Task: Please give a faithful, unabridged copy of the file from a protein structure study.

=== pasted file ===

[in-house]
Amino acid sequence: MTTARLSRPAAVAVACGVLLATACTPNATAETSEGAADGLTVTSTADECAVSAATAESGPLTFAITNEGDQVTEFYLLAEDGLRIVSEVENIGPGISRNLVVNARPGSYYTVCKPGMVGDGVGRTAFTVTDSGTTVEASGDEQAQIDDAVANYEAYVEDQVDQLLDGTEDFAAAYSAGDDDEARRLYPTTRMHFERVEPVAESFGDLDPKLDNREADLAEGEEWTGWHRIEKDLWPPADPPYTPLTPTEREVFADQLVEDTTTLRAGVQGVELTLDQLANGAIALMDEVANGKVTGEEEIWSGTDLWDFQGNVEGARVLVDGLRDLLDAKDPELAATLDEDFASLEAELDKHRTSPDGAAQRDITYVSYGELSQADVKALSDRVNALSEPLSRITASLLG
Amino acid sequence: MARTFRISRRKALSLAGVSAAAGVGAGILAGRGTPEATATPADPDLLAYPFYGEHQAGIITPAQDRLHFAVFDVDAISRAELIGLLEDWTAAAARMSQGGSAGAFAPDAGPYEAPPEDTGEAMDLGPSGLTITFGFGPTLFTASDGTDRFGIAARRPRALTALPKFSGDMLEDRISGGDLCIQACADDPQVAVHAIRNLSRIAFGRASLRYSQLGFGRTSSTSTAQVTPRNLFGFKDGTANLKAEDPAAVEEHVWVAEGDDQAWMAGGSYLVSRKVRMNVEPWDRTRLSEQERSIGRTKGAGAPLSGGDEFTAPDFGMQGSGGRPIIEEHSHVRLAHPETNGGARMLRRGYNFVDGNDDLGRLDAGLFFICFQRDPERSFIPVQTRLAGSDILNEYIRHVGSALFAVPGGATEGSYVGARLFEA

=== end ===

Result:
[in-house]
Amino acid sequence: MTTARLSRPAAVAVACGVLLATACTPNATAETSEGAADGLTVTSTADECAVSAATAESGPLTFAITNEGDQVTEFYLLAEDGLRIVSEVENIGPGISRNLVVNARPGSYYTVCKPGMVGDGVGRTAFTVTDSGTTVEASGDEQAQIDDAVANYEAYVEDQVDQLLDGTEDFAAAYSAGDDDEARRLYPTTRMHFERVEPVAESFGDLDPKLDNREADLAEGEEWTGWHRIEKDLWPPADPPYTPLTPTEREVFADQLVEDTTTLRAGVQGVELTLDQLANGAIALMDEVANGKVTGEEEIWSGTDLWDFQGNVEGARVLVDGLRDLLDAKDPELAATLDEDFASLEAELDKHRTSPDGAAQRDITYVSYGELSQADVKALSDRVNALSEPLSRITASLLG
Amino acid sequence: MARTFRISRRKALSLAGVSAAAGVGAGILAGRGTPEATATPADPDLLAYPFYGEHQAGIITPAQDRLHFAVFDVDAISRAELIGLLEDWTAAAARMSQGGSAGAFAPDAGPYEAPPEDTGEAMDLGPSGLTITFGFGPTLFTASDGTDRFGIAARRPRALTALPKFSGDMLEDRISGGDLCIQACADDPQVAVHAIRNLSRIAFGRASLRYSQLGFGRTSSTSTAQVTPRNLFGFKDGTANLKAEDPAAVEEHVWVAEGDDQAWMAGGSYLVSRKVRMNVEPWDRTRLSEQERSIGRTKGAGAPLSGGDEFTAPDFGMQGSGGRPIIEEHSHVRLAHPETNGGARMLRRGYNFVDGNDDLGRLDAGLFFICFQRDPERSFIPVQTRLAGSDILNEYIRHVGSALFAVPGGATEGSYVGARLFEA